Daily Archives: May 2, 2011

Mailbox Monday – May 2, 2011

This month’s Mailbox Monday is hosted by Mari at Mari Reads. Make sure you visit Mari’s blog today and add your link … you’ll also find links to other readers’ mailboxes there.

To see the schedule of this meme’s host, please visit the dedicated blog.

I am really, really late posting this today as I spent 18 hours traveling yesterday, got home here in California at 10:00 pm and had to be up early and into town for a variety of reasons this morning. Needless to say, I’m a little weary!!! But despite all of that, I have managed to create a post to share all the wonderful books which arrived at my home over the last week!

The Seasons of Second Chances by Diane Meier arrived from St. Martin’s Press (released in paperback on March 31st). This novel is described as “a witty, honest, and moving novel that captures the renovation not only of a house, but of a life…” The Seasons of Second Chances revolves around Joy Harkness, “an irascible, smart, sharply funny, guarded college professor of a certain age,” who takes on the daunting task of renovating a home in Amherst, Massachusetts. Diane Meier notes (on her website) that an important theme of the novel is found in “the element of redefining feminist ideals to embrace the gifts of home, family, sensitivity, trust and most of all, the expressive, textural and creative options we have for defining or reflecting our sense of ourselves.” Meier served as the Public Relations Director of the National Organization of Women in the early 1970s.

Diane Meier is a marketing guru, and president of MEIER, a NYC based marketing firm whose clients have helped define luxury marketing (from Neiman Marcus and DeBeers to Maximilan Furs, Kohler, Elizabeth Arden and Pierre Balmain). She is married to best selling author and BBC broadcaster, Frank Delaney. Listen to her speak about The Season of Second Chances on WNPR-Connecticut Public Broadcasting Network. Learn more about Meier and her work by visiting the author’s website.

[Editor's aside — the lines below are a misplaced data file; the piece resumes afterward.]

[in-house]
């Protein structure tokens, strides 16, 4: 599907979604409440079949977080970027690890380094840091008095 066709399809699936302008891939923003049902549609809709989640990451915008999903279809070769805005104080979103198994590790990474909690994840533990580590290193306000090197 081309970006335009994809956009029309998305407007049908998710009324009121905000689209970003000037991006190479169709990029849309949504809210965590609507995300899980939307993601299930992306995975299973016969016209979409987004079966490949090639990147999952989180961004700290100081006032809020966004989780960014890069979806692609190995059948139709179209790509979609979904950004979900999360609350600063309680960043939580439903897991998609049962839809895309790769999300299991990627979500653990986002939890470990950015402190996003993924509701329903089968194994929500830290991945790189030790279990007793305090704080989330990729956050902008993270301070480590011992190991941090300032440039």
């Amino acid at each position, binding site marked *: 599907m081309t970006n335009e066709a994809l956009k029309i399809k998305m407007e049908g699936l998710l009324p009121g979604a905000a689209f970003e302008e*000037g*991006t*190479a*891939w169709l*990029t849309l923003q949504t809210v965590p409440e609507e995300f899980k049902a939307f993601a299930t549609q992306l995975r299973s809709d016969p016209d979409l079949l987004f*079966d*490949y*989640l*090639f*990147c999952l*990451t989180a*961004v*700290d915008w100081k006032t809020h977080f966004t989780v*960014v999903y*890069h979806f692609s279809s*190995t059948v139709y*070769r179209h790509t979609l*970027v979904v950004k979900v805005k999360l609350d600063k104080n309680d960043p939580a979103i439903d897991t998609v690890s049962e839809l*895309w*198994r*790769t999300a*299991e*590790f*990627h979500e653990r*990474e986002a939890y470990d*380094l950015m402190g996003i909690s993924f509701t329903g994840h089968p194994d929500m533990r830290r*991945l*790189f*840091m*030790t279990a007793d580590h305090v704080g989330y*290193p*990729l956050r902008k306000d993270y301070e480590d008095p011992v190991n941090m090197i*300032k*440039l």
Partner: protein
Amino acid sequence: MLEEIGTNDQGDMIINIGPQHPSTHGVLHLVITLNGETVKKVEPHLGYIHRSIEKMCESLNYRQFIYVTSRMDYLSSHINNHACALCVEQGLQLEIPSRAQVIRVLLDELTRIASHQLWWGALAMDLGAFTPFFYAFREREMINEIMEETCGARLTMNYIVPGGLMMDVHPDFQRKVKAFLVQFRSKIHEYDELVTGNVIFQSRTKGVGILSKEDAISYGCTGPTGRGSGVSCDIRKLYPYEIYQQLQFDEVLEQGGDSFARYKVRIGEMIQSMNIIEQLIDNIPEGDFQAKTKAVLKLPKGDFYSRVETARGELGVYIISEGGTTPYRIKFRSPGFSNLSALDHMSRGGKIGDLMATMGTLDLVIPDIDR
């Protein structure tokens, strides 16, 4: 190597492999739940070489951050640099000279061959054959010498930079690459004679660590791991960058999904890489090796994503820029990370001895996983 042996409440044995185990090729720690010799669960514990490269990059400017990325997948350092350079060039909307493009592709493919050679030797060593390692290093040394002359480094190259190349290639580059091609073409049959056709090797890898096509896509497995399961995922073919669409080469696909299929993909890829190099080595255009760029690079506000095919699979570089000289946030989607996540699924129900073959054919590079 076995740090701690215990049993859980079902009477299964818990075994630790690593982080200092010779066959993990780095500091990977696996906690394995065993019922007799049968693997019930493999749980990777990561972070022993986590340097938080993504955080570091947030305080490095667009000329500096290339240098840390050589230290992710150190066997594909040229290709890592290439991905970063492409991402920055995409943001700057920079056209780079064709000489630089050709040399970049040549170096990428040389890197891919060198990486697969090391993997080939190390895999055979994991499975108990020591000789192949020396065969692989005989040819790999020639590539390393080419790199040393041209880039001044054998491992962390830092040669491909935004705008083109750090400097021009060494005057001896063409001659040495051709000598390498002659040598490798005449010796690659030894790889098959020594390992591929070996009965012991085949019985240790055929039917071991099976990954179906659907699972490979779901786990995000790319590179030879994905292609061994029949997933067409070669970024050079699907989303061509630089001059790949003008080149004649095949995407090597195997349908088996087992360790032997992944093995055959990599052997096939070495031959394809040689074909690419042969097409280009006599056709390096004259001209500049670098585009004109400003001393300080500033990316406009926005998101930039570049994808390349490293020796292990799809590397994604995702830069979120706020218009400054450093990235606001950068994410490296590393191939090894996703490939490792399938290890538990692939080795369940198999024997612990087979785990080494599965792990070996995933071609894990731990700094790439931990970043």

Author Jane Rowan sent me a review copy of her memoir, The River of Forgetting. This is a memoir which recounts the journey of recovery from childhood sexual abuse. The book details the process of discovery and of healing through long and deep therapy. It tracks the author’s process of learning to believe in herself and uncover the many consequences of abuse and secrecy, including the mistrust, dissociation, PTSD, hypervigilance, and difficulty with relationships. Read excerpts from the book.

Jane Rowan is a survivor of childhood trauma and betrayal and is passionate about sharing her healing experiences, including Inner Child work. She is a New England writer and poet. She taught science for three decades at a private college and retired in order to pursue the creative life. She has previously self-published a self-help booklet, Caring for the Child Within. Read more about Rowan and her work by visiting the author’s website.

Marissa at JKS Communications sent me two books:

Arms Wide Open by Patricia Harman (due for release this week from Beacon Press) is a memoir which draws heavily from personal journals, and is a prequel to Harman’s best-selling memoir, The Blue Cotton Gown. Harman takes readers back to a time of counterculture idealism when she taught herself to deliver babies. Midwifery started by accident for Harman (she coached a friend living on a commune through labor). She went on to deliver thousands of babies over the next 30 years of her life. Listen to Harman speak about her first book in 2008 on West Virginia Public Broadcasting.

Patricia Harman first cared for women as a lay-midwife, delivering babies in cabins and on communal farms in West Virginia, and later as a nurse-midwife in teaching hospitals and in a community hospital birthing center. She spent over a decade in the sixties and seventies in her youth living in rural communes in Washington (Tolstoy Farm), Connecticut (The Committee for Non-Violent Action) and Minnesota (Free Folk). In 1974, Harman and her husband purchased a farm with a group of like-minded friends on top of a ridge in Roane County, West Virginia. Here on the commune, they built log houses, dug a pond, grew and preserved their own food and started the Growing Tree Natural Foods Cooperative. It was also here that she attended her first home birth. She went on to become one of the founding members of The West Virginia Cooperative of Midwives. Harman has been a nurse-midwife on the faculty of The Ohio State University, Case Western Reserve University and most recently West Virginia University. In 1998 she went into private practice with her husband, Tom, an OB/Gyn, in Morgantown, West Virginia. Though she no longer attends births, she continues to work with her husband to provide care for women in early pregnancy and through-out the life span.  Learn more about Harman and her work by visiting the author’s website.